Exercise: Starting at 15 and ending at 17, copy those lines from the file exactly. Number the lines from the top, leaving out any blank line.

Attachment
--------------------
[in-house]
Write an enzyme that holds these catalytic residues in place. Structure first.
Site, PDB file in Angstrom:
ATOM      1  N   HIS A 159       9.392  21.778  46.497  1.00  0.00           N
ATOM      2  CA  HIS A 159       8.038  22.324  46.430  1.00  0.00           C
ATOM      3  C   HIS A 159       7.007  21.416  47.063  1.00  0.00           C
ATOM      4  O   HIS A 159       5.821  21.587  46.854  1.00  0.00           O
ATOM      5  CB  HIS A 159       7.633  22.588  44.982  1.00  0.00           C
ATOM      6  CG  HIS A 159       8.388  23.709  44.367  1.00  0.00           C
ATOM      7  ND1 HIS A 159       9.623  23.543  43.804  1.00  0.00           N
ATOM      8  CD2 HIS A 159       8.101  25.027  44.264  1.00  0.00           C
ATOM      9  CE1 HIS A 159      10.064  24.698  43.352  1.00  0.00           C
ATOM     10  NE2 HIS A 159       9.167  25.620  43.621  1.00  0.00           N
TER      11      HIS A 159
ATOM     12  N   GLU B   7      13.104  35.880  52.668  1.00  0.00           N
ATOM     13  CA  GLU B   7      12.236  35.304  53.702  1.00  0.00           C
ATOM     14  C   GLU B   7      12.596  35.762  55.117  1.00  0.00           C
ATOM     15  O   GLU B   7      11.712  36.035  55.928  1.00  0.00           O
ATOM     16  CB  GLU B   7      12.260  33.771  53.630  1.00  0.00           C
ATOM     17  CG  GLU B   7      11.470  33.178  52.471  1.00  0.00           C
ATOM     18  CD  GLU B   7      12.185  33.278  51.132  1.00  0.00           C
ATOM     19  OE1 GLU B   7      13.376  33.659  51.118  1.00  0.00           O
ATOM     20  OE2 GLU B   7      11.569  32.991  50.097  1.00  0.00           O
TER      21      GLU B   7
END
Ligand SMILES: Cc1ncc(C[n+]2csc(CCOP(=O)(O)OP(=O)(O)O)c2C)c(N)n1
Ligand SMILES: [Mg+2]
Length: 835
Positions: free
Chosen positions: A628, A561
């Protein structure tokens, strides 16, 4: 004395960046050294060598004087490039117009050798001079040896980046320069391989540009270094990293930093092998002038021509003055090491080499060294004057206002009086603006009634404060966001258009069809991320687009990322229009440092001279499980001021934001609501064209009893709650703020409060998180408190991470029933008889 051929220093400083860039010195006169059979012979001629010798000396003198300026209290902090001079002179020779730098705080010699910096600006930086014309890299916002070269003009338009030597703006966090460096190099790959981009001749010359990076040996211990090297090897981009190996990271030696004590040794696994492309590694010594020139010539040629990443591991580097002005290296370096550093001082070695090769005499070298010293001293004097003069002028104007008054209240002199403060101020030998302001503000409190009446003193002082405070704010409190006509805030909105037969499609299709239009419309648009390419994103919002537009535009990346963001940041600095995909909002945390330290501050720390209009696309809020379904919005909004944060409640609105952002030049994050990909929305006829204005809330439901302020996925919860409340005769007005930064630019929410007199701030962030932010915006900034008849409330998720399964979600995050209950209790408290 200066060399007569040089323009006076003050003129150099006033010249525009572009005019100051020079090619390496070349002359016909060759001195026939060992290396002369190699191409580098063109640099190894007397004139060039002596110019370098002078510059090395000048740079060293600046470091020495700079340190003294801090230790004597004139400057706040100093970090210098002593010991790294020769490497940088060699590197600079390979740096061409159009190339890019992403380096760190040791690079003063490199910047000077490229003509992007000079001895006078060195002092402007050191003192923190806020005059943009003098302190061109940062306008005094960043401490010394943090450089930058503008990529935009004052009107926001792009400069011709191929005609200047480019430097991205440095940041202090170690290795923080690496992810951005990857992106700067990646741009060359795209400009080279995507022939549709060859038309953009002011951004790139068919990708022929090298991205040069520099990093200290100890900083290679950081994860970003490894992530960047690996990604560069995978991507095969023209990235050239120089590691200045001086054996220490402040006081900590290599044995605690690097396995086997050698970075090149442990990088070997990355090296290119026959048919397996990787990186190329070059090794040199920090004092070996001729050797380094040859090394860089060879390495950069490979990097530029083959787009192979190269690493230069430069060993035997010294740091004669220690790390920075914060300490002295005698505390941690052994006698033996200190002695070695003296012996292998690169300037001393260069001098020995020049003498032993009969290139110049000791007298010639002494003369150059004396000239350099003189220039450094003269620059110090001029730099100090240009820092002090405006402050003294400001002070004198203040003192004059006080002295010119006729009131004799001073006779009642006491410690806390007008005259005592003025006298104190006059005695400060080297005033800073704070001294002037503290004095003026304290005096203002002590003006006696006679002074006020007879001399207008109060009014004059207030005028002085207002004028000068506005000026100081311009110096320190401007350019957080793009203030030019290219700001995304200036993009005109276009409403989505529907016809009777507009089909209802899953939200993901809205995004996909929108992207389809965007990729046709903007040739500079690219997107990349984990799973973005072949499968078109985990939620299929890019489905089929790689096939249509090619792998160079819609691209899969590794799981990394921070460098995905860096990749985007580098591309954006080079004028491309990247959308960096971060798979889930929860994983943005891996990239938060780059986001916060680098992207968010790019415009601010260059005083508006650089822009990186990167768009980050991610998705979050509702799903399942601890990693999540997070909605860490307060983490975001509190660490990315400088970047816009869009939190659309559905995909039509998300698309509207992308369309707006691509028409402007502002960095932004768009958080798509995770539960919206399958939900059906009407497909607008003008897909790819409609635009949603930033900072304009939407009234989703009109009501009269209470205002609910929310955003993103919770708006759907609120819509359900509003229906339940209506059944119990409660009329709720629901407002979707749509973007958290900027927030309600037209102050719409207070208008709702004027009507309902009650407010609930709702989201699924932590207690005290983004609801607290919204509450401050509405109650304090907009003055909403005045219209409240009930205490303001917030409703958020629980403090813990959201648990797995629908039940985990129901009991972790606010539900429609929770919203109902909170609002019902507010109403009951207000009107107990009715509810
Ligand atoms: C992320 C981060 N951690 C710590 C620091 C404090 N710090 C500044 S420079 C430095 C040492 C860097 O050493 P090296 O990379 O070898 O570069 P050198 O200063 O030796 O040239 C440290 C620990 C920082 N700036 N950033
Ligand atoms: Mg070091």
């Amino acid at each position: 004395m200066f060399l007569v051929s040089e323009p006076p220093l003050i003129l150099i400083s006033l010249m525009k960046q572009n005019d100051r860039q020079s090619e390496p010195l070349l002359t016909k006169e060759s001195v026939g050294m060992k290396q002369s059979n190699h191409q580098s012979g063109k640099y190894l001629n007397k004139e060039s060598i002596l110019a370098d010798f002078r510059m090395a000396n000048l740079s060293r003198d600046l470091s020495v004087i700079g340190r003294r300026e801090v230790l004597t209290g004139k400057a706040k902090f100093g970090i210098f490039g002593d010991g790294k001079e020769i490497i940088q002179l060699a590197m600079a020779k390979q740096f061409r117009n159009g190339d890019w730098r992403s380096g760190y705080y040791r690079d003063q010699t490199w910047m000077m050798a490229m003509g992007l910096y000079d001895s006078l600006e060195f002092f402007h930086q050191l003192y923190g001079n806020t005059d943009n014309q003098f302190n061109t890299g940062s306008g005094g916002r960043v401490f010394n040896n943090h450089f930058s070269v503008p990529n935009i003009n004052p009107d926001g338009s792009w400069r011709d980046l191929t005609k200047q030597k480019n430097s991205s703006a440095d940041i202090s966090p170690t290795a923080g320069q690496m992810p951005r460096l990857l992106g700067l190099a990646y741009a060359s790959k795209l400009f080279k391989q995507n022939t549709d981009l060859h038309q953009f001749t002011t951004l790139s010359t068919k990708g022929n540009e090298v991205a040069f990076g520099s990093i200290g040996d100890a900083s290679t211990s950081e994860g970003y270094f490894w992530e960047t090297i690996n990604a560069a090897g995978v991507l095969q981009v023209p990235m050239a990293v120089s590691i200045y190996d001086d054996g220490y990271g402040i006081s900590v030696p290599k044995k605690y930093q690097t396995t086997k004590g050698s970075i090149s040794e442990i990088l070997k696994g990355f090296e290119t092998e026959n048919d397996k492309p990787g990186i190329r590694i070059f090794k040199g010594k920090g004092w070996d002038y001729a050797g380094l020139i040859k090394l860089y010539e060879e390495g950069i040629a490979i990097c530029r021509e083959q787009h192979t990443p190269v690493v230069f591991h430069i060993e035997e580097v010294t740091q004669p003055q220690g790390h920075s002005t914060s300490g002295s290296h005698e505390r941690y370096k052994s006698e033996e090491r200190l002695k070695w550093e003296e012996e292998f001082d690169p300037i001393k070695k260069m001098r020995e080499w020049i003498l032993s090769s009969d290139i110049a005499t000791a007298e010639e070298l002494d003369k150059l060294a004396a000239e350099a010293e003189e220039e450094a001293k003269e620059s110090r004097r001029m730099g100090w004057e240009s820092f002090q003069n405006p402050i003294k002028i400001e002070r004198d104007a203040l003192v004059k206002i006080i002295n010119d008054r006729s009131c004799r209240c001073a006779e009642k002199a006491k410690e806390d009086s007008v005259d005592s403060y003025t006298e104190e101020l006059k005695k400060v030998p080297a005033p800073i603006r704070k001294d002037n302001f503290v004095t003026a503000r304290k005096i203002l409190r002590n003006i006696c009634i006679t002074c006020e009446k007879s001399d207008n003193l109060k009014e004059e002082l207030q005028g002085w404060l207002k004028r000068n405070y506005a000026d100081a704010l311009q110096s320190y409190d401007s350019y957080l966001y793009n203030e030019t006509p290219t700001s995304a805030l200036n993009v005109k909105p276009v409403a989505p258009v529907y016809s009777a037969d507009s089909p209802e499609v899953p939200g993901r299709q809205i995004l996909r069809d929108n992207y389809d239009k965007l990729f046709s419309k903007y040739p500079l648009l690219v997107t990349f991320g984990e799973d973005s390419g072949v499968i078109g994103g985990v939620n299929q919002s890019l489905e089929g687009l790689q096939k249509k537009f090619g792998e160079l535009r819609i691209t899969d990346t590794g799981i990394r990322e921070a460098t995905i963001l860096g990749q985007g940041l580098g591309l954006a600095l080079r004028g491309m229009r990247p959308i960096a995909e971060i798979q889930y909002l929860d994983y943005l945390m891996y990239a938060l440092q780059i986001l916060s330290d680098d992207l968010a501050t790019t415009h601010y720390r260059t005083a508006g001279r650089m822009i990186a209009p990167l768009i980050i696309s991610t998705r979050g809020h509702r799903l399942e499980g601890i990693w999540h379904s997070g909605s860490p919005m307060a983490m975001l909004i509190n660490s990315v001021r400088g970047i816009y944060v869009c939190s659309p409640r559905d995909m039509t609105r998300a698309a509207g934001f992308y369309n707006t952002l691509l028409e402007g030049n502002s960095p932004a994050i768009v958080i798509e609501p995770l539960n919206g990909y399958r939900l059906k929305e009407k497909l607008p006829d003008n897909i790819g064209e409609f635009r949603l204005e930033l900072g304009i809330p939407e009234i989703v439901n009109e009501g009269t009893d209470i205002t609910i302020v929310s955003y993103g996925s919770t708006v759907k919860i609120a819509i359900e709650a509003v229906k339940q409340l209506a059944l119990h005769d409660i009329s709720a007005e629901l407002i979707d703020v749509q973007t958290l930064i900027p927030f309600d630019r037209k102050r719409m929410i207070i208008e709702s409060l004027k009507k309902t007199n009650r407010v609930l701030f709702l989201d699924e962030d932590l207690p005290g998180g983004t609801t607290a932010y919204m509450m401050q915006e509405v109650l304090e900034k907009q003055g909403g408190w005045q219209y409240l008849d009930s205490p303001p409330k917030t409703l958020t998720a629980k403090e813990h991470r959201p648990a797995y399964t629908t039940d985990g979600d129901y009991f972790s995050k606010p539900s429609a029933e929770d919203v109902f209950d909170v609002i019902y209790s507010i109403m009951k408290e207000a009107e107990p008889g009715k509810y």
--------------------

ATOM     12  N   GLU B   7      13.104  35.880  52.668  1.00  0.00           N
ATOM     13  CA  GLU B   7      12.236  35.304  53.702  1.00  0.00           C
ATOM     14  C   GLU B   7      12.596  35.762  55.117  1.00  0.00           C